TL;DR? Go straight to the bottom for the meat.
The propagation took about 20 or so minutes and then justinself.com was working. I started working on some miscellaneous migration items when suddenly justinself.com was a NameCheap parking page. I refrehed so fast, I'm pretty sure I was giving the mantis shrimp a run for it's money (Fun fact: The mantis shrimp strikes its prey faster than a .22 caliber bullet). However, the refreshing didn't help.
Ok, so the propagation wasn't complete and I was hitting some stale cache somewhere. I decided to just wait until the next day to finish.
Next day, I load up my browser and point to my site and I get the parking page again. I opened the browser on my phone and I got straight to my blog. #@$%!
Ok, so maybe Windows was caching the entry. I popped open powershell, typed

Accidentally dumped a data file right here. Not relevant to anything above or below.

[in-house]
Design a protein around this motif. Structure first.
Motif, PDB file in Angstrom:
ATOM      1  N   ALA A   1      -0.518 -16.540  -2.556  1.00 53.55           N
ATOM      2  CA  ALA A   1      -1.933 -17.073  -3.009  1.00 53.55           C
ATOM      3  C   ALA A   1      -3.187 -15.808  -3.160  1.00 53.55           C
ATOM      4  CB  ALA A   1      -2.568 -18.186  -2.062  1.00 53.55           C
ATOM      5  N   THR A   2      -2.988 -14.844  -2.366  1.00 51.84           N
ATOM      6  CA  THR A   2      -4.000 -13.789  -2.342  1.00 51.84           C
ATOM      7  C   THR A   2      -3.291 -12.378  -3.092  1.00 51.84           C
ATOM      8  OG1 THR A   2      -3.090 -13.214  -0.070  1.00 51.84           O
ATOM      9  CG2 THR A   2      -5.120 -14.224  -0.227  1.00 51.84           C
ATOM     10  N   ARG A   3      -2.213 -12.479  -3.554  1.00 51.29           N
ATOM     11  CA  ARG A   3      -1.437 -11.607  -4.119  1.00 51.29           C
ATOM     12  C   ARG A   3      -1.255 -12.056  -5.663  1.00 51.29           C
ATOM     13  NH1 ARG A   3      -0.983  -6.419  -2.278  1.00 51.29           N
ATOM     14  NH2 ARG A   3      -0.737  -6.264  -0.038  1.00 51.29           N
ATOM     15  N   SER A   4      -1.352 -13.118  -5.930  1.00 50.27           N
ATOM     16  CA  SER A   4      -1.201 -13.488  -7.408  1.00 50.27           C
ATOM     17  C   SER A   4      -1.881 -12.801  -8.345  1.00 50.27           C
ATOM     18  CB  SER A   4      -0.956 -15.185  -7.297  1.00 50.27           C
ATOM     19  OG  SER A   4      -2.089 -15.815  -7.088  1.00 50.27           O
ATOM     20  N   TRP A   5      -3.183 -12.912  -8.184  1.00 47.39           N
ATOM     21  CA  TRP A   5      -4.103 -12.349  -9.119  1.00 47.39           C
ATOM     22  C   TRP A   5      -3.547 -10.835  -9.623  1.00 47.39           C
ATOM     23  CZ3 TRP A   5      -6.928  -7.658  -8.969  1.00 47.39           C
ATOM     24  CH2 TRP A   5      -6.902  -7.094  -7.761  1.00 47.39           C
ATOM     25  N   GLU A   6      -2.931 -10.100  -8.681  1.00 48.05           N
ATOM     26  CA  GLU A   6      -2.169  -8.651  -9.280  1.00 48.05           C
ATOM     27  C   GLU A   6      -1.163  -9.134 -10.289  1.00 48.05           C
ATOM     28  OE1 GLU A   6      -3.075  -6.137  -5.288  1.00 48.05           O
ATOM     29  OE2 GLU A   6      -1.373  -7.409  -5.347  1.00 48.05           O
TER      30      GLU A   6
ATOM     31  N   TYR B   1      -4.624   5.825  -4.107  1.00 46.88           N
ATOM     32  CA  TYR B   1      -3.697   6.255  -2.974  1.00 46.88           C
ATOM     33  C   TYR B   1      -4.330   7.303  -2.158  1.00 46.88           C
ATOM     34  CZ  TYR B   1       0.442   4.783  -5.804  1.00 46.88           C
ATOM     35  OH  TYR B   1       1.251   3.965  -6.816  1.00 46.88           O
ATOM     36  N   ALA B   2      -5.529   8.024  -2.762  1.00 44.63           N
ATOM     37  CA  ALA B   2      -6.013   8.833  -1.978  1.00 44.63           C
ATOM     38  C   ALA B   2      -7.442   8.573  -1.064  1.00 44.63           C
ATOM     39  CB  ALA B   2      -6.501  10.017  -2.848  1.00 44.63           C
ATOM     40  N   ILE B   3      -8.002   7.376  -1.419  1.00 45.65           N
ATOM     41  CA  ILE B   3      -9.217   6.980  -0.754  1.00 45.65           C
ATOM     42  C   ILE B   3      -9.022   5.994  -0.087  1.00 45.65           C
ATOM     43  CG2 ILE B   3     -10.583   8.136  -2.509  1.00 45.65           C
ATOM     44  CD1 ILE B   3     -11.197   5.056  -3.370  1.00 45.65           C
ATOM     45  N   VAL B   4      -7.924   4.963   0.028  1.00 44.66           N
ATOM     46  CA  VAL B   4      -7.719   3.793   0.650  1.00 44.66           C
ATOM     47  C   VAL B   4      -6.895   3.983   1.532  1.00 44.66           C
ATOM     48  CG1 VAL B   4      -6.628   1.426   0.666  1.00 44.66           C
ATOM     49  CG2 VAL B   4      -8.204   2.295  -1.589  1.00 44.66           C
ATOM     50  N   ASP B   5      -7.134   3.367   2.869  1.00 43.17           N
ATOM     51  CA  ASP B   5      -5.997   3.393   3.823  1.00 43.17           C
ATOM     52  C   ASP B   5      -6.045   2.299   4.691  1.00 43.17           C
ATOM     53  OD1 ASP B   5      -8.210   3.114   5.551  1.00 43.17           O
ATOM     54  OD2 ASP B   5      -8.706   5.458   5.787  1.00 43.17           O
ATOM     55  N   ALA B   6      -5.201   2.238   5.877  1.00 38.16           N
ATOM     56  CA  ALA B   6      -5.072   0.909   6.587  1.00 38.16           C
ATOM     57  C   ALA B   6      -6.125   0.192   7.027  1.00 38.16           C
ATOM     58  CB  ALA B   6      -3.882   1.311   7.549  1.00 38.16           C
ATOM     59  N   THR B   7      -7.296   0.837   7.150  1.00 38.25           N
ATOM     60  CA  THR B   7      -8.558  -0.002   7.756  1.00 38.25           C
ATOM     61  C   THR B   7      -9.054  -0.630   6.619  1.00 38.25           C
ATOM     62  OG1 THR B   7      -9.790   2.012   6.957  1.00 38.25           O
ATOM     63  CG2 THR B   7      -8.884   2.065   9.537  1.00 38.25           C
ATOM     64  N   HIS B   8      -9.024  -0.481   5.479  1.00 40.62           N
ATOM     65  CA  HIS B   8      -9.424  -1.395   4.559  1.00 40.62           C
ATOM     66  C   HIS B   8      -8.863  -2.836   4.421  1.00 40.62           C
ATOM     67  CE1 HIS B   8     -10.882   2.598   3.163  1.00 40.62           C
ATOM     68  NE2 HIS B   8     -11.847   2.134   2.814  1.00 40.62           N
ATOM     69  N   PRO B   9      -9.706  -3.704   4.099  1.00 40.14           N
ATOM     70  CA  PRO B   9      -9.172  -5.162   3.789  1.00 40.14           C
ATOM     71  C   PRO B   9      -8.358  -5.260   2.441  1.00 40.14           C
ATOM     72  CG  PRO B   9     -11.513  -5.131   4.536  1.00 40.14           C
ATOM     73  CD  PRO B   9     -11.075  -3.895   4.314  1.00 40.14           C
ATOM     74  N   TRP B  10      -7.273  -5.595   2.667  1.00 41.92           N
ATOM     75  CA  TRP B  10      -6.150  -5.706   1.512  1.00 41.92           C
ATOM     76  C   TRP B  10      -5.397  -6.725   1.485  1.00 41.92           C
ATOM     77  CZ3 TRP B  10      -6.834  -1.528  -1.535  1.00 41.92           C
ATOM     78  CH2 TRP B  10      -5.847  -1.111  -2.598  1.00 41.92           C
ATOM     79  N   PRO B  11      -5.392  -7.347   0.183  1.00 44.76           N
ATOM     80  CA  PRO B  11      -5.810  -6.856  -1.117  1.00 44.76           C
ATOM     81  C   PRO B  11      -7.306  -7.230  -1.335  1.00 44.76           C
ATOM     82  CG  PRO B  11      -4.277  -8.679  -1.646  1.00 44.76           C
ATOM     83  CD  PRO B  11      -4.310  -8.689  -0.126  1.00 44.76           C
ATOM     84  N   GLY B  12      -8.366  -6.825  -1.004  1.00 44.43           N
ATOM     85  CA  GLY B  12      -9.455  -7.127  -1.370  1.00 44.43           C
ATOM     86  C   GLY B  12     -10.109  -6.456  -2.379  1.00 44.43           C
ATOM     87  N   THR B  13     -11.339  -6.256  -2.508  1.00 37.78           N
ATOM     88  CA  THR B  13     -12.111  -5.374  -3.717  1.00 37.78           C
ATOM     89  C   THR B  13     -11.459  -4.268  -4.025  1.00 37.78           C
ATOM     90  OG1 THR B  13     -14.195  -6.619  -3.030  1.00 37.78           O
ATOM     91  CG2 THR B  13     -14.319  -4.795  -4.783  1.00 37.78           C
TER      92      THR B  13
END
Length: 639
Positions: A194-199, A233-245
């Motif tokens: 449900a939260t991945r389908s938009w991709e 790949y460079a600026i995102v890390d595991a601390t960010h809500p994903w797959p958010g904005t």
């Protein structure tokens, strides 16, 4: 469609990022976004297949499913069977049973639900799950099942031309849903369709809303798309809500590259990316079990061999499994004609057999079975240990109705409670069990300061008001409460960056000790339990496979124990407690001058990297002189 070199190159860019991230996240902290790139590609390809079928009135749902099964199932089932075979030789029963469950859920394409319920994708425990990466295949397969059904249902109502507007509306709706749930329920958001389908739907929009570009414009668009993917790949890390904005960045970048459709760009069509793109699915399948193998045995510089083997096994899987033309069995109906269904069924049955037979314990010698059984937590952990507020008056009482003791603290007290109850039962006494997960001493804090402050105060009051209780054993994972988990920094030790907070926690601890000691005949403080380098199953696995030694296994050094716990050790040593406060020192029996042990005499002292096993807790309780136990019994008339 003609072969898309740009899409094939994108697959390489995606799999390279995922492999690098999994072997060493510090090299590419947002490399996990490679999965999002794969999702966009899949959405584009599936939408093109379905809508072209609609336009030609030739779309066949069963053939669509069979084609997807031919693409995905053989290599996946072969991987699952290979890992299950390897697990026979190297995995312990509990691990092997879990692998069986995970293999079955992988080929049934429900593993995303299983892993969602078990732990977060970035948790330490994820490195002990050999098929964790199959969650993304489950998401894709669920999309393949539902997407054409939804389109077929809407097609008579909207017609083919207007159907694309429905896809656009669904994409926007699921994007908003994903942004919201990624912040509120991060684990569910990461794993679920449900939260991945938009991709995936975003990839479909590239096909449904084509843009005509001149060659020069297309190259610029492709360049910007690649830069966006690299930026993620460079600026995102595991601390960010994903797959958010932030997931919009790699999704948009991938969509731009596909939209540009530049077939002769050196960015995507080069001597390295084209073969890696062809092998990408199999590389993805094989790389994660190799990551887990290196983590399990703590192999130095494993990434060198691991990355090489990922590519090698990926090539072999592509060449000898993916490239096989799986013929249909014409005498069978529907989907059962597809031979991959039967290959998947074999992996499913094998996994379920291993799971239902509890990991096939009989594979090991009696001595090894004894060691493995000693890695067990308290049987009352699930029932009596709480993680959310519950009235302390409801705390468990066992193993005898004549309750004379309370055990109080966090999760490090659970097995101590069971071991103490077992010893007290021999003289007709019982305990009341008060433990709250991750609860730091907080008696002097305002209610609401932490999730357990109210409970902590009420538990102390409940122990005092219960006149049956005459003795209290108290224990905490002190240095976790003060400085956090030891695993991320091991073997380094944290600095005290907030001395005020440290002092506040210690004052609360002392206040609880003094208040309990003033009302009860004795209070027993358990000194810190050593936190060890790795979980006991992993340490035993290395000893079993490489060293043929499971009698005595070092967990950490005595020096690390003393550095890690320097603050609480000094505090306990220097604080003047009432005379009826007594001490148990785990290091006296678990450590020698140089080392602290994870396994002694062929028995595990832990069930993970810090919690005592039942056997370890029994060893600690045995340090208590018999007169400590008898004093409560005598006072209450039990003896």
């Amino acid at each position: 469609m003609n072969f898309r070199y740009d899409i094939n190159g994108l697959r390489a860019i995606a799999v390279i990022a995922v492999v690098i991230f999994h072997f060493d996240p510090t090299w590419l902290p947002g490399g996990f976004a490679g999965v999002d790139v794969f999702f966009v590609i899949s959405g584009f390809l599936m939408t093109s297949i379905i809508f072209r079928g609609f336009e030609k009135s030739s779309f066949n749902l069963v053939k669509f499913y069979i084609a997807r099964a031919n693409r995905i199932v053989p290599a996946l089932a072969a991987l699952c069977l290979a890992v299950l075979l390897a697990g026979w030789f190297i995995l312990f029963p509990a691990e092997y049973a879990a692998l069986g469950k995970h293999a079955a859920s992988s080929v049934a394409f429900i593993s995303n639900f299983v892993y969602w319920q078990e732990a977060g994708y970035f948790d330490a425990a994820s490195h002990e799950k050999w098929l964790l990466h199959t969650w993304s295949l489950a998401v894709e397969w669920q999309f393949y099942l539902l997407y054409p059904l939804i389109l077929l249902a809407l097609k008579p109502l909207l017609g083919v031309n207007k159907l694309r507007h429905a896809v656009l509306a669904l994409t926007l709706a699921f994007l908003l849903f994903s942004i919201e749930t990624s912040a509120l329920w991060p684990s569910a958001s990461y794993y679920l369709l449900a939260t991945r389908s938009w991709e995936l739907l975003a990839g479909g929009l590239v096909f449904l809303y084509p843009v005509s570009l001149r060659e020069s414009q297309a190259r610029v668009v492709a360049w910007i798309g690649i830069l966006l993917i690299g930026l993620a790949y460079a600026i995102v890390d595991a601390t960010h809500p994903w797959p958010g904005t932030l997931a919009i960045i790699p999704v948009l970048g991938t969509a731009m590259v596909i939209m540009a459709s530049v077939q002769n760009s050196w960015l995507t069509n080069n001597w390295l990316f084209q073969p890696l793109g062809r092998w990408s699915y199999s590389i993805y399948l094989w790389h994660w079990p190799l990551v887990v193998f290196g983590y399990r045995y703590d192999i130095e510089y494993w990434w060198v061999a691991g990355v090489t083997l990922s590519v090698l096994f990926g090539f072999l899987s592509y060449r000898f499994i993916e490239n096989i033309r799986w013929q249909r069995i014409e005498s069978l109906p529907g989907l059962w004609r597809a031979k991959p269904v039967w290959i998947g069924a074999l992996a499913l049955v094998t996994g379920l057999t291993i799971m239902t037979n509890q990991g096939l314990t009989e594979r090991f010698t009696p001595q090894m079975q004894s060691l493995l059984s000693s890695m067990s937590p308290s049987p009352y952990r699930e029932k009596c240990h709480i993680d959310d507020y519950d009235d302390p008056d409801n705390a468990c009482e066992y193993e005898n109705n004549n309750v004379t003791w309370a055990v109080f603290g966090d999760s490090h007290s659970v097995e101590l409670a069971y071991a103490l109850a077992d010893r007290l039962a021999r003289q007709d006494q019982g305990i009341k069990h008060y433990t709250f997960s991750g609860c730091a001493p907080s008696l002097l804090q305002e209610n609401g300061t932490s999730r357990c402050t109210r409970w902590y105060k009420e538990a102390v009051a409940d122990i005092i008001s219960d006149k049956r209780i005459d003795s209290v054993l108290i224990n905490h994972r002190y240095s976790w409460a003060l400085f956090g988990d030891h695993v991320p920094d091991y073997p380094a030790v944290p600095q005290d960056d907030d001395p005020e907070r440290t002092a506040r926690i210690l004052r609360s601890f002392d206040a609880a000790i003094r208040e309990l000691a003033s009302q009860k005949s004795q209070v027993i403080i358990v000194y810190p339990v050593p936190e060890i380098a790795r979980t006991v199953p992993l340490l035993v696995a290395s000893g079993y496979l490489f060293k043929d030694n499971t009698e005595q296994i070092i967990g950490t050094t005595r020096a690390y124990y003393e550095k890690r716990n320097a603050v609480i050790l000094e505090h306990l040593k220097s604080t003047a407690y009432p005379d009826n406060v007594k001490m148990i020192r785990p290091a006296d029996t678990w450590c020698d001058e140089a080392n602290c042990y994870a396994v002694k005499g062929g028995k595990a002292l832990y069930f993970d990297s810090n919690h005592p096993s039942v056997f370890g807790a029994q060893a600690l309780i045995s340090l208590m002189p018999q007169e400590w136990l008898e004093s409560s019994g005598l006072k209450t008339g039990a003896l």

ipconfig /flushdns and refreshed the page. Still have the parking page.
Thinking through it, my phone was on 4G and not going through my router. So I opened the admin interface for my router and looked for a setting to flush it's cache... couldn't find anything. So I just restarted it.
On a side note, I don't know how long the average router takes to restart, but I'm pretty sure mine is in the 99.9 percentile. It might have been faster to order one off of amazon, get it delivered and set it up than to restart...
After waiting around the lifespan of a field mouse, I jumped on chrome and checked my site... parking page!!!
Checked my phone again, still good!
Who the heck is caching?!
I sat back in my chair while my beagle chased my doberman up and down the stairs and tried to think what could be happening.
I suddenly remembered a presentation I watched on chrome. The presentation talked about how chrome performed DNS resolution as you typed in the address. Does chrome have it's own cache?
Mother Francis... it does... to clear chrome's DNS cache go to chrome://net-internals/#dns. After going there and clicking on
Clear Host Cache, I tried my site and finally reached my blog.